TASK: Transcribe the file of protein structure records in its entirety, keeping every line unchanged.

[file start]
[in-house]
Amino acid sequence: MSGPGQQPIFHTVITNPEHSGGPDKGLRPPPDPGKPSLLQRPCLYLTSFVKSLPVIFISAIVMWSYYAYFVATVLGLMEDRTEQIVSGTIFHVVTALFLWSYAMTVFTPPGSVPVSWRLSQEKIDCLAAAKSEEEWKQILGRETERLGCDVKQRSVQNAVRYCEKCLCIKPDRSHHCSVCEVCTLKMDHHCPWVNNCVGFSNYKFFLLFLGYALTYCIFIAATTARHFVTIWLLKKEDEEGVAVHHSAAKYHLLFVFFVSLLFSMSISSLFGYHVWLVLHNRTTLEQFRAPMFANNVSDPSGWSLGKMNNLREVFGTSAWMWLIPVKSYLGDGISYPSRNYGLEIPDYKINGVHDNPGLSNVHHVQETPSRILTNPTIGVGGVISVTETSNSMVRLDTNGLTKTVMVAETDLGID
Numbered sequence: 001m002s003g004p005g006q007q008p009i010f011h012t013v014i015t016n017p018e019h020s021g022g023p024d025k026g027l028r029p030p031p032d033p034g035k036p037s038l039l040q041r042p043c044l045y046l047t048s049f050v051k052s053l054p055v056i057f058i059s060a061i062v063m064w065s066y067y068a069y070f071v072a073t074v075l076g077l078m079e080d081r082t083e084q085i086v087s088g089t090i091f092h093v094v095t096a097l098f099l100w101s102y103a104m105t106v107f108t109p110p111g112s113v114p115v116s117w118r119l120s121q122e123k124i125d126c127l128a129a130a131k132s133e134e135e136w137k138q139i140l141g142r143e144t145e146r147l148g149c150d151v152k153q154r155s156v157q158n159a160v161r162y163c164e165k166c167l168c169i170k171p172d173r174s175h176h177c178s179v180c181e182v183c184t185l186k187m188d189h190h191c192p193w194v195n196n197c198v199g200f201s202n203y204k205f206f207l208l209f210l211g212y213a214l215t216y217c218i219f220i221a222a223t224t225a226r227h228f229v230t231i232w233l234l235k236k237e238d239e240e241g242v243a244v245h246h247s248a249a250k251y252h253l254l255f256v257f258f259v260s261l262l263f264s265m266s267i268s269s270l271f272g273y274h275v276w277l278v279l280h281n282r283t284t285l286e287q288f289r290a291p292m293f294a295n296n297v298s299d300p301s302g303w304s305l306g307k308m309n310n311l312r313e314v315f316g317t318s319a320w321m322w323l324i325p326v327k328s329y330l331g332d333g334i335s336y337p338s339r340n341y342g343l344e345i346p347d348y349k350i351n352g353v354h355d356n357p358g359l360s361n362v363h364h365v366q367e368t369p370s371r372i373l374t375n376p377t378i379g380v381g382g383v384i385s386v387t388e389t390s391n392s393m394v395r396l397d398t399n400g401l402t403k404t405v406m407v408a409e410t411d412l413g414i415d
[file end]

[in-house]
Amino acid sequence: MSGPGQQPIFHTVITNPEHSGGPDKGLRPPPDPGKPSLLQRPCLYLTSFVKSLPVIFISAIVMWSYYAYFVATVLGLMEDRTEQIVSGTIFHVVTALFLWSYAMTVFTPPGSVPVSWRLSQEKIDCLAAAKSEEEWKQILGRETERLGCDVKQRSVQNAVRYCEKCLCIKPDRSHHCSVCEVCTLKMDHHCPWVNNCVGFSNYKFFLLFLGYALTYCIFIAATTARHFVTIWLLKKEDEEGVAVHHSAAKYHLLFVFFVSLLFSMSISSLFGYHVWLVLHNRTTLEQFRAPMFANNVSDPSGWSLGKMNNLREVFGTSAWMWLIPVKSYLGDGISYPSRNYGLEIPDYKINGVHDNPGLSNVHHVQETPSRILTNPTIGVGGVISVTETSNSMVRLDTNGLTKTVMVAETDLGID
Numbered sequence: 001m002s003g004p005g006q007q008p009i010f011h012t013v014i015t016n017p018e019h020s021g022g023p024d025k026g027l028r029p030p031p032d033p034g035k036p037s038l039l040q041r042p043c044l045y046l047t048s049f050v051k052s053l054p055v056i057f058i059s060a061i062v063m064w065s066y067y068a069y070f071v072a073t074v075l076g077l078m079e080d081r082t083e084q085i086v087s088g089t090i091f092h093v094v095t096a097l098f099l100w101s102y103a104m105t106v107f108t109p110p111g112s113v114p115v116s117w118r119l120s121q122e123k124i125d126c127l128a129a130a131k132s133e134e135e136w137k138q139i140l141g142r143e144t145e146r147l148g149c150d151v152k153q154r155s156v157q158n159a160v161r162y163c164e165k166c167l168c169i170k171p172d173r174s175h176h177c178s179v180c181e182v183c184t185l186k187m188d189h190h191c192p193w194v195n196n197c198v199g200f201s202n203y204k205f206f207l208l209f210l211g212y213a214l215t216y217c218i219f220i221a222a223t224t225a226r227h228f229v230t231i232w233l234l235k236k237e238d239e240e241g242v243a244v245h246h247s248a249a250k251y252h253l254l255f256v257f258f259v260s261l262l263f264s265m266s267i268s269s270l271f272g273y274h275v276w277l278v279l280h281n282r283t284t285l286e287q288f289r290a291p292m293f294a295n296n297v298s299d300p301s302g303w304s305l306g307k308m309n310n311l312r313e314v315f316g317t318s319a320w321m322w323l324i325p326v327k328s329y330l331g332d333g334i335s336y337p338s339r340n341y342g343l344e345i346p347d348y349k350i351n352g353v354h355d356n357p358g359l360s361n362v363h364h365v366q367e368t369p370s371r372i373l374t375n376p377t378i379g380v381g382g383v384i385s386v387t388e389t390s391n392s393m394v395r396l397d398t399n400g401l402t403k404t405v406m407v408a409e410t411d412l413g414i415d